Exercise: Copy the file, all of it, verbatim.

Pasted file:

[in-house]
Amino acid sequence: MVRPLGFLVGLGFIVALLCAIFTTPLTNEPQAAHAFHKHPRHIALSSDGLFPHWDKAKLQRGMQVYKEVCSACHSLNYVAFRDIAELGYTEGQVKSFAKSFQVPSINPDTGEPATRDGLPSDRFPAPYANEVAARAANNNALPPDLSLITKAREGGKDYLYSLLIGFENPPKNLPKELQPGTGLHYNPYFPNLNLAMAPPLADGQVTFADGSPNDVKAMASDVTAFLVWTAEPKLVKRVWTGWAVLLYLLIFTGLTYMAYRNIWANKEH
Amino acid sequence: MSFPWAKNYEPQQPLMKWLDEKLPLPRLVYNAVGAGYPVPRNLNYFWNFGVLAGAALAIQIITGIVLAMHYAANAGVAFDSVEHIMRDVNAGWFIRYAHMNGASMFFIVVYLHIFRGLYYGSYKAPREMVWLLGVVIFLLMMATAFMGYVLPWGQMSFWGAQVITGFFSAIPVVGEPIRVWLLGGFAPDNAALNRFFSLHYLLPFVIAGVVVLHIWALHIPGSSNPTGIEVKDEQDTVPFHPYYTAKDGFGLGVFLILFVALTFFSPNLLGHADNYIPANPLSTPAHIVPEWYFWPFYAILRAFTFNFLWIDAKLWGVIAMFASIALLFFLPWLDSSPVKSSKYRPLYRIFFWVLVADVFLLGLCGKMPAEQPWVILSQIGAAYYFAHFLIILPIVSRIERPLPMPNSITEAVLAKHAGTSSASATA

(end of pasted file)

[in-house]
Amino acid sequence: MVRPLGFLVGLGFIVALLCAIFTTPLTNEPQAAHAFHKHPRHIALSSDGLFPHWDKAKLQRGMQVYKEVCSACHSLNYVAFRDIAELGYTEGQVKSFAKSFQVPSINPDTGEPATRDGLPSDRFPAPYANEVAARAANNNALPPDLSLITKAREGGKDYLYSLLIGFENPPKNLPKELQPGTGLHYNPYFPNLNLAMAPPLADGQVTFADGSPNDVKAMASDVTAFLVWTAEPKLVKRVWTGWAVLLYLLIFTGLTYMAYRNIWANKEH
Amino acid sequence: MSFPWAKNYEPQQPLMKWLDEKLPLPRLVYNAVGAGYPVPRNLNYFWNFGVLAGAALAIQIITGIVLAMHYAANAGVAFDSVEHIMRDVNAGWFIRYAHMNGASMFFIVVYLHIFRGLYYGSYKAPREMVWLLGVVIFLLMMATAFMGYVLPWGQMSFWGAQVITGFFSAIPVVGEPIRVWLLGGFAPDNAALNRFFSLHYLLPFVIAGVVVLHIWALHIPGSSNPTGIEVKDEQDTVPFHPYYTAKDGFGLGVFLILFVALTFFSPNLLGHADNYIPANPLSTPAHIVPEWYFWPFYAILRAFTFNFLWIDAKLWGVIAMFASIALLFFLPWLDSSPVKSSKYRPLYRIFFWVLVADVFLLGLCGKMPAEQPWVILSQIGAAYYFAHFLIILPIVSRIERPLPMPNSITEAVLAKHAGTSSASATA